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National Trust says no to Little Cayman over-water bungalows

Development 12 Aug, 2021 Follow News

National Trust says no to Little Cayman over-water bungalows

In response to a proposed development of bungalows over the water at South Hole Sound Marine Reserve in Little Cayman, the Little Cayman District Committee of the National Trust for the Cayman Islands has launched a petition to try and stop the project.

In a press release, the National Trust said it knew about Planning and Coastal Works applications that have been submitted for approval for the project and, and as a result, were “deeply concerned about the precedent this would set and damage this would cause in the Marine Park Zone.”

The petition would allow people who needed to, to make comment on the Coastal Works Permit Application and the petition signatures would then be submitted to Cabinet as part of the response to the application.

The National Trust said that anyone could also submit their input directly to Cabinet by emailing the Chief Officer of the Ministry of Sustainability and Climate Resiliency at coastal.works@gov.ky. The deadline to do this is 13th August 2021.

The National Trust said it “urges all concerned about the protection of our Marine Park System to file their objections to the granting of this application and construction in South Hole Sound. The National Trust finds it profoundly troubling that serious consideration should be given to construction in a Marine Park, particularly by a for-profit, private commercial concern.”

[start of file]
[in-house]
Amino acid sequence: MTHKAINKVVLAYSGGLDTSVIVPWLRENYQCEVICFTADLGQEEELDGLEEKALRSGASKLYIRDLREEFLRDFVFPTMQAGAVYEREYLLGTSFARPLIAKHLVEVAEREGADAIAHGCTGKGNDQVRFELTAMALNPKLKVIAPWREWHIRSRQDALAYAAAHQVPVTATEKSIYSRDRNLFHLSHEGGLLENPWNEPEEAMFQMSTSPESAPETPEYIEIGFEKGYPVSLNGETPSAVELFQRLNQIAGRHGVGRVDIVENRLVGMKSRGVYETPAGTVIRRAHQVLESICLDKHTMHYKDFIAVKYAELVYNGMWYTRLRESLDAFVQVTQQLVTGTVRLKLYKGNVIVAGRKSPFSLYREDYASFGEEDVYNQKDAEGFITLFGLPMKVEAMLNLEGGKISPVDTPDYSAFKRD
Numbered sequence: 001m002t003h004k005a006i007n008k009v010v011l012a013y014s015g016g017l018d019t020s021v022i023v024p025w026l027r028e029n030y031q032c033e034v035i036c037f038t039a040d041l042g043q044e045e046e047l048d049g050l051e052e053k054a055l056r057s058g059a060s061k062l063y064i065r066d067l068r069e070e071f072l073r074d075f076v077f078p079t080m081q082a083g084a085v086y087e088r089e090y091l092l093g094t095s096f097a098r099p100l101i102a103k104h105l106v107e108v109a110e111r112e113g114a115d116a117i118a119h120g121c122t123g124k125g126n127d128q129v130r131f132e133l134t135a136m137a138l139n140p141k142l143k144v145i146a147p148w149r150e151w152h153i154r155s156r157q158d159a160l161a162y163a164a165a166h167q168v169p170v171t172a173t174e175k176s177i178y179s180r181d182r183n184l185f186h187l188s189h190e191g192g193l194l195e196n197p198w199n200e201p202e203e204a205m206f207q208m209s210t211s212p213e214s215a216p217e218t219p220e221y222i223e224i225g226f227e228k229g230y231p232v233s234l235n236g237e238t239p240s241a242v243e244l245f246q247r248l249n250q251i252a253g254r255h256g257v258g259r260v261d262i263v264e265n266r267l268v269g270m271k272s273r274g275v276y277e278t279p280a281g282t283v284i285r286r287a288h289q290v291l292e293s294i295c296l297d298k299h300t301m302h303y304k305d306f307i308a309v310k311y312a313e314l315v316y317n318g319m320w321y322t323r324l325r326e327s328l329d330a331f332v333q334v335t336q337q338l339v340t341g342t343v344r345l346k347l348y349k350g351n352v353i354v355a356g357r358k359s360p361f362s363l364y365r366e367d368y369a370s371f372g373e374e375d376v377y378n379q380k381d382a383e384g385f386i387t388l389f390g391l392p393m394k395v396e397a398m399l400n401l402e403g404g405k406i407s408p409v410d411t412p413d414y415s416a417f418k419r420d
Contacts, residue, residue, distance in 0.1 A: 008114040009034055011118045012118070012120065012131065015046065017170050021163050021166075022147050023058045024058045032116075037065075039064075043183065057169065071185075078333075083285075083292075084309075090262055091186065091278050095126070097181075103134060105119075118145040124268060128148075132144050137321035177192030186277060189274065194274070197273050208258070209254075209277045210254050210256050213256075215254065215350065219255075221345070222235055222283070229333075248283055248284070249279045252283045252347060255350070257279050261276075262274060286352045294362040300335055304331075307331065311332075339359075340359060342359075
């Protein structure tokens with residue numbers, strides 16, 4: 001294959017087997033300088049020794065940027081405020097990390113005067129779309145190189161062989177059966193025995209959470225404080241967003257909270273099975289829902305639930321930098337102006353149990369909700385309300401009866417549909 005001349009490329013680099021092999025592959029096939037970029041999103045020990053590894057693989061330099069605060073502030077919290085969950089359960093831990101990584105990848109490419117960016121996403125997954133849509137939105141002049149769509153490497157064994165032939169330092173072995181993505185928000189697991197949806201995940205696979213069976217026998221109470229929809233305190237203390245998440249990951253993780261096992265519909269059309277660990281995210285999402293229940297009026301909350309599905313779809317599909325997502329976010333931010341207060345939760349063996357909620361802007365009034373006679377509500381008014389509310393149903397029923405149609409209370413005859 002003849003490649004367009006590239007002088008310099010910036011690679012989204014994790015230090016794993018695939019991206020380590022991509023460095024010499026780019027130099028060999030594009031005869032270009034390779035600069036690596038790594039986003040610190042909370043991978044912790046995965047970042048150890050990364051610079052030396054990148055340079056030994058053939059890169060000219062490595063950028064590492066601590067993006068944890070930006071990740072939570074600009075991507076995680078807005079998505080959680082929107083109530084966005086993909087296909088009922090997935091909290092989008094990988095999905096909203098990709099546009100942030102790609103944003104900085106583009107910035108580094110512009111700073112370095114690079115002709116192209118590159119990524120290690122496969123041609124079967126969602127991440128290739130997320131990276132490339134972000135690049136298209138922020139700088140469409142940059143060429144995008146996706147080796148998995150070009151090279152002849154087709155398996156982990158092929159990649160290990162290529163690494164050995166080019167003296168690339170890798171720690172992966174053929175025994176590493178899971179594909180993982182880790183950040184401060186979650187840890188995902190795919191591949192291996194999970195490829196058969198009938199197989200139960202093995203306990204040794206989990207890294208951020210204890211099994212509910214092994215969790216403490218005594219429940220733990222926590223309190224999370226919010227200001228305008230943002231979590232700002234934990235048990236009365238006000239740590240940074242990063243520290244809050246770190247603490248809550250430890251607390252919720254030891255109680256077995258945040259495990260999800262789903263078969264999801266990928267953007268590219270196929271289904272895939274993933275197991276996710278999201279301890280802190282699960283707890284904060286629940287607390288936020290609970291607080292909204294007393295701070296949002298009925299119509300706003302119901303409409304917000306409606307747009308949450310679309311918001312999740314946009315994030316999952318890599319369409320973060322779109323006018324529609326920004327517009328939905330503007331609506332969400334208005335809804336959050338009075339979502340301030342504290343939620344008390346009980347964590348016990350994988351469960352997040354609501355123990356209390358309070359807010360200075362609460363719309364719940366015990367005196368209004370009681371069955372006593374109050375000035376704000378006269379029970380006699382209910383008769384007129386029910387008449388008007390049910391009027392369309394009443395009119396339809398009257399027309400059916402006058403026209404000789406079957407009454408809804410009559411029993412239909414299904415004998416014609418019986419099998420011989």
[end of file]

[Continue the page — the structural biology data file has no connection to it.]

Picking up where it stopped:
They thought it would be obvious that a National Park should be off limits to construction under all circumstances and portions of it should not be given away for private use.

The location for the proposed construction is a Marine Protected Area which should not be disturbed, but instead, preserved for the people of the Cayman Islands and the marine species for which these areas were legally created over three decades ago, they said.

Of particular concern was the material damage caused to an otherwise untouched seabed. They also worried about the drilling necessary to place the support posts for the dock which would cause sedimentation and turbidity that could severely impact the nearby coral reef. The posts could potentially change water flow and ultimately the surrounding shoreline.

Changes in light and shadow to the nearshore ecosystem could disrupt the delicate balance of that habitat, they also worried.

“There is no way to mitigate this damage,” the National Trust stated. “The ongoing operation of a commercial business in the South Hole Sound Marine Reserve will degrade the Reserve constantly. And the debris pollution that will result from the inevitable, future catastrophic storm event will spread far and wide throughout the Reserve.”

Gregory S. McTaggart, LCDC Chairperson, said the National Trust called on the Government to act in the best interest of the country and all its citizens and residents and preserve the integrity of the South Hole Sound Marine Reserve and deny the overwater component of the Planning application and the Coastal Works Permit application for construction in the waters of South Hole Sound.


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